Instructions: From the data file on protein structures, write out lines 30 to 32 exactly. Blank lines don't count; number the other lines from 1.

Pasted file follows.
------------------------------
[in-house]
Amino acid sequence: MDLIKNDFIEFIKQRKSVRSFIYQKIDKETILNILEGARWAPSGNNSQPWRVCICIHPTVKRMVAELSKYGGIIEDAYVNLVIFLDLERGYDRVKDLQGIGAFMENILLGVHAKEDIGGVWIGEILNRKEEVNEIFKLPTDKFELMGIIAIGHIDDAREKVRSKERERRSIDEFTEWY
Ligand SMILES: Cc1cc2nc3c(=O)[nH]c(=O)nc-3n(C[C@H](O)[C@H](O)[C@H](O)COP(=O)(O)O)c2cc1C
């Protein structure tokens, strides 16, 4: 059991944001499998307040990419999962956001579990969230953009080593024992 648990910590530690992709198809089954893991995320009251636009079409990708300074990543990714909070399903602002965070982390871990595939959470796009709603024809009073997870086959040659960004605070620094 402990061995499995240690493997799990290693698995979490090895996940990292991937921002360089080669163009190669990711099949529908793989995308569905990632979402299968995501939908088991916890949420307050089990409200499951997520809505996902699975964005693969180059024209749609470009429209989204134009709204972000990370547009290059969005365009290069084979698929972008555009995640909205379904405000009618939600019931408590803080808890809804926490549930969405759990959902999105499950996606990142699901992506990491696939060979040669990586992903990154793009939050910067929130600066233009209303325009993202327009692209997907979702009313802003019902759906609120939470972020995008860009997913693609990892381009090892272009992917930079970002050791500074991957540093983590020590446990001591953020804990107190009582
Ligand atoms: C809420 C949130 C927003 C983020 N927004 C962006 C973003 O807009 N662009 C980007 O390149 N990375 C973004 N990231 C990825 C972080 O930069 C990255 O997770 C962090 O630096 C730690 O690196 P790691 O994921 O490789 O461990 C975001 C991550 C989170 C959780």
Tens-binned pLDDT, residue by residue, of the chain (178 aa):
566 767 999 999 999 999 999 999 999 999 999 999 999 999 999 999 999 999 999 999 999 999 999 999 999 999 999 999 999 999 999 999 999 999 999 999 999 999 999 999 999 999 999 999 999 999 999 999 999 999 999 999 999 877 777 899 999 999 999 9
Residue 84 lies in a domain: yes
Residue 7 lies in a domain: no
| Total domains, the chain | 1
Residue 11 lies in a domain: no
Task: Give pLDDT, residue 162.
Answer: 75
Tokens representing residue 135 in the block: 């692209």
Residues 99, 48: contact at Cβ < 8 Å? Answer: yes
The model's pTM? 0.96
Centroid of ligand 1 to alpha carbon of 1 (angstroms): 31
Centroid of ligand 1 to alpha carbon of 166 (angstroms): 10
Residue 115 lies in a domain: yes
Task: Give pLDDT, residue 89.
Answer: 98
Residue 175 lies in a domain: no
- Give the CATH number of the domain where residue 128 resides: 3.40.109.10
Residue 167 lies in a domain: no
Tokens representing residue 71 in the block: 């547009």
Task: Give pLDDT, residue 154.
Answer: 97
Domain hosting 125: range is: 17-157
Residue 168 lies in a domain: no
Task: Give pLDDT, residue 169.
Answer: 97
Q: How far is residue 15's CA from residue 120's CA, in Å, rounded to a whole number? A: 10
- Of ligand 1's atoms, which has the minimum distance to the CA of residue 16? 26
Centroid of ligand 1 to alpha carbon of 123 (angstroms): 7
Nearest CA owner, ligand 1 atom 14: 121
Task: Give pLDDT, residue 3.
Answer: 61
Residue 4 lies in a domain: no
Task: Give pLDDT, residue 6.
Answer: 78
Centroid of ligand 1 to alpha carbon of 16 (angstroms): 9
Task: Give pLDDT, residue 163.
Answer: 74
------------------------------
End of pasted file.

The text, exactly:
Task: Give pLDDT, residue 169.
Answer: 97
Q: How far is residue 15's CA from residue 120's CA, in Å, rounded to a whole number? A: 10